- ^ "The 100 Greatest Guitar Songs of All Time". Rolling Stone. Archived from the original on 25 June 2008. Retrieved 23 June 2010.
- ^ "Greatest Guitar Tracks" 21 March 2005. Ultimate Guitar.
- ^ "VH1 Top 100 Hard Rock Songs (list)". Spreadit.org. 1 January 2009. Retrieved 7 February 2009.
- ^ Jovanovic, Rob, God Save the Kinks, Aurum Press, 2013, pgs.64-67
- ^ a b c Simpson, Dave (10 June 2013). "How we made You Really Got Me". The Guardian (London). ISSN 0261-3077. OCLC 60623878. Retrieved 24 June 2013.
- ^ "Jon Lord's Purple Reign" Joe Lalaina, Modern Keyboard Magazine, January 1989. (Archived at "The Highway Star" Deep Purple Fan site.) Retrieved 24 June 2011.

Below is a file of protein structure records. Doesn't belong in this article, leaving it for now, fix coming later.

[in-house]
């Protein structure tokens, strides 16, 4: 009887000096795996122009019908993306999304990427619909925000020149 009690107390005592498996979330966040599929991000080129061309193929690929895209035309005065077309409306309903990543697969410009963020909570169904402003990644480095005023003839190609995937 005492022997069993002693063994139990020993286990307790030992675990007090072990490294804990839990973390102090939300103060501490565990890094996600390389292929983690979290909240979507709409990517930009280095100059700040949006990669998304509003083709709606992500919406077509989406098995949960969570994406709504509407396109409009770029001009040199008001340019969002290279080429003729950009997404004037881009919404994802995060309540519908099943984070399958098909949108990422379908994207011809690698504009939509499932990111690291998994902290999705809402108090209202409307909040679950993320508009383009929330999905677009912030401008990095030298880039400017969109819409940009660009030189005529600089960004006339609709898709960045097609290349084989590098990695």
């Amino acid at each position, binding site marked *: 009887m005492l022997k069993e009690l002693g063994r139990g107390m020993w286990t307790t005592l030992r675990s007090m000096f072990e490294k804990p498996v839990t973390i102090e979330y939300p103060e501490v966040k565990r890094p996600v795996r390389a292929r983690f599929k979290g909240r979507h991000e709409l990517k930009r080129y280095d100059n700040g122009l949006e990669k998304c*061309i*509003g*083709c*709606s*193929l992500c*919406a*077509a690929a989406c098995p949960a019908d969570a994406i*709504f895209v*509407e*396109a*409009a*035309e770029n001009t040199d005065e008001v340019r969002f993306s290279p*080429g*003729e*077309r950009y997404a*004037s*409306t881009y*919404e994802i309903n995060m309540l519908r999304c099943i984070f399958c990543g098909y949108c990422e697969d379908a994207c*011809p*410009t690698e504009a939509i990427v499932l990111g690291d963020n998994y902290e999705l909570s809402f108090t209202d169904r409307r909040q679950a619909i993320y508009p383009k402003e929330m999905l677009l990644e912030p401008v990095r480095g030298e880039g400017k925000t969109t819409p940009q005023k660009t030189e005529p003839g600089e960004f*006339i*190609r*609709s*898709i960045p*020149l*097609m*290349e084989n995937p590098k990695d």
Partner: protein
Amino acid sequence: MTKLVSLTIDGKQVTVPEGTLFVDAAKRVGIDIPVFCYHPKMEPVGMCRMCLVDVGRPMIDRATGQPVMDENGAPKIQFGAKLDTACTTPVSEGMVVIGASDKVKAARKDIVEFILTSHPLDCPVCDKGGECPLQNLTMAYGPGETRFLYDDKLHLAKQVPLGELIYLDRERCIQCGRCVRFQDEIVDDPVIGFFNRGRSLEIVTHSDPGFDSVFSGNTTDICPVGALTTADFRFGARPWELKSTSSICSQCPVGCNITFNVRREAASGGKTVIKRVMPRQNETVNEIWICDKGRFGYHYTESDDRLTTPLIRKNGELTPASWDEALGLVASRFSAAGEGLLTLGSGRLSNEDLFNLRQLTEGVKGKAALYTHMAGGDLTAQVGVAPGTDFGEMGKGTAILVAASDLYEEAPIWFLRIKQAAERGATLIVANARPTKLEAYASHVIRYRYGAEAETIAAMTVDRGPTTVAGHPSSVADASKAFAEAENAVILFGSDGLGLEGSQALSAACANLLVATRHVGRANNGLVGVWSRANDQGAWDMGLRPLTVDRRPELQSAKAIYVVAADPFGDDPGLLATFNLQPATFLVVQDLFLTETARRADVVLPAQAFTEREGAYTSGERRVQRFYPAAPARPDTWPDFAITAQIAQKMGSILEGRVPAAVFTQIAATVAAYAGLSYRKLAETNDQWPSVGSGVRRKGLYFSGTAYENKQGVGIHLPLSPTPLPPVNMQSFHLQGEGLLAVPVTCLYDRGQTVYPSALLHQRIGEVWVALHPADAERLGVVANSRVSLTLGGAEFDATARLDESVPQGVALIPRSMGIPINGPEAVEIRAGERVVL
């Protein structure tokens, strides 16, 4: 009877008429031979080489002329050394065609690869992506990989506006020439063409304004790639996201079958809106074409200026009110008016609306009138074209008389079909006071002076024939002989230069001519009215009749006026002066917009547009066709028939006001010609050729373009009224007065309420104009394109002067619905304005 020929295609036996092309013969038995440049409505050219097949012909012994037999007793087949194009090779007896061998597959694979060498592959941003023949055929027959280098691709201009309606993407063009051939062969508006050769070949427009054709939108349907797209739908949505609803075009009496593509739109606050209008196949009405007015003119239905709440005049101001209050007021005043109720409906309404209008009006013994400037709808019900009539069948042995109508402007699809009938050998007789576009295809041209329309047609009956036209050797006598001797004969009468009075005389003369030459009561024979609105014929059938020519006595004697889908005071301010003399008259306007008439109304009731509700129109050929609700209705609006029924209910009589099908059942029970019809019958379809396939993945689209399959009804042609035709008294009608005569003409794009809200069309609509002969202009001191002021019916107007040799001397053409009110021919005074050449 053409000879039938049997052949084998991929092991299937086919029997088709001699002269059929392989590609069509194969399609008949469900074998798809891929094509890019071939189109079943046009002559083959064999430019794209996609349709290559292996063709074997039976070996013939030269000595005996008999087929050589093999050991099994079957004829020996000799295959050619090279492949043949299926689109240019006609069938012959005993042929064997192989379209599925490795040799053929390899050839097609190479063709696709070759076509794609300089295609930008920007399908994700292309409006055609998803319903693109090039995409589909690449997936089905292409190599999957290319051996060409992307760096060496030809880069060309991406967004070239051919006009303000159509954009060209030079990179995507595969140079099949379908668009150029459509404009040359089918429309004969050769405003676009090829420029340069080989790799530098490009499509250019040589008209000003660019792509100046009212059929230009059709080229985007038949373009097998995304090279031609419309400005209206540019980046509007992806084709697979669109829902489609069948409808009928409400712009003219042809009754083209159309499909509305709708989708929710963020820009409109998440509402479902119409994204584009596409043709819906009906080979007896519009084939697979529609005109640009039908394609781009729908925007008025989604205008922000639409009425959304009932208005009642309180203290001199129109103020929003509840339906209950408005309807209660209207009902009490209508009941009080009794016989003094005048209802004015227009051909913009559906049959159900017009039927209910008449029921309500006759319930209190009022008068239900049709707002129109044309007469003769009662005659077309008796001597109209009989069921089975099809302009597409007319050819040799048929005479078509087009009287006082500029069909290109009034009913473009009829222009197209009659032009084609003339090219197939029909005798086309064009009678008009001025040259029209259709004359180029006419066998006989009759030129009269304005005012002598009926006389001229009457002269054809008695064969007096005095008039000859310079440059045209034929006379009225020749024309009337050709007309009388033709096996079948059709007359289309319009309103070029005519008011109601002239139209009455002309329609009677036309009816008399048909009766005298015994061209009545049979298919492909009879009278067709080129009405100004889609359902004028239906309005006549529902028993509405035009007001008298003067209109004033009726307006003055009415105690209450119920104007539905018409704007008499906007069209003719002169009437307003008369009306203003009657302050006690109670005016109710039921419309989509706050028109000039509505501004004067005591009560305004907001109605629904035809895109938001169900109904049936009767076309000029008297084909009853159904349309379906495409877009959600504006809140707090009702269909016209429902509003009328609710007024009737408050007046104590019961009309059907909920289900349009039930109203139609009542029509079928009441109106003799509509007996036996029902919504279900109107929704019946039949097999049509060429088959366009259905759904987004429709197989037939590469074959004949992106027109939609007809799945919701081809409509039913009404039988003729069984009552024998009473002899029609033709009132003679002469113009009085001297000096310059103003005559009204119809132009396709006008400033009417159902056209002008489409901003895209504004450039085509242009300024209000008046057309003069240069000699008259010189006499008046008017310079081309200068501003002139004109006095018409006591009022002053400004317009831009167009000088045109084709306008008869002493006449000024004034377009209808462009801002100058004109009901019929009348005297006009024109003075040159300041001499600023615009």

- ^ Buskin, Richard (September 2009). "The Kinks ‘You Really Got Me’ Classic Track". Sound On Sound magazine. Retrieved 24 June 2011.
- ^ "The Kinks "Picture Book (Box Set)" (2008, Sanctuary Records)". AllMusic. (booklet)
- ^ "The Kinks Deluxe Edition (2011, Sanctuary Records)". Missing or empty |url= (help) (booklet)
- ^ Corbin (22 August 2012). "Interview: Shel Talmy". Finding Zoso. Retrieved 24 June 2013.
- ^ http://www.rollingstone.com/music/news/5-things-we-learned-from-jimmy-pages-siriusxm-interview-20141107
- ^ Storyteller. AllMusic
- ^ a b "Ray Davies Lyrics - The Third Single (dialogue)". LyricsTime.com
- ^ Video on YouTube
- ^ "Van Halen - Inductee 2007". Rock & Roll Hall Of Fame. 12 March 2007. Retrieved 8 May 2009.
- ^ "'You Really Got Me' song facts" Songfacts.com; Songfacts, LLC. Retrieved 26 June 2010.
- ^ "Best Advertising Of 1996". Bellafante et al., Time. 23 December 1996. Retrieved 29 September 2009
- ^ "1997 CLIO Award Winners". CLIO Awards. 1997. Archived from the original on 13 January 1998. "Toys": Gold, Bronze(2), Television/Cinema category.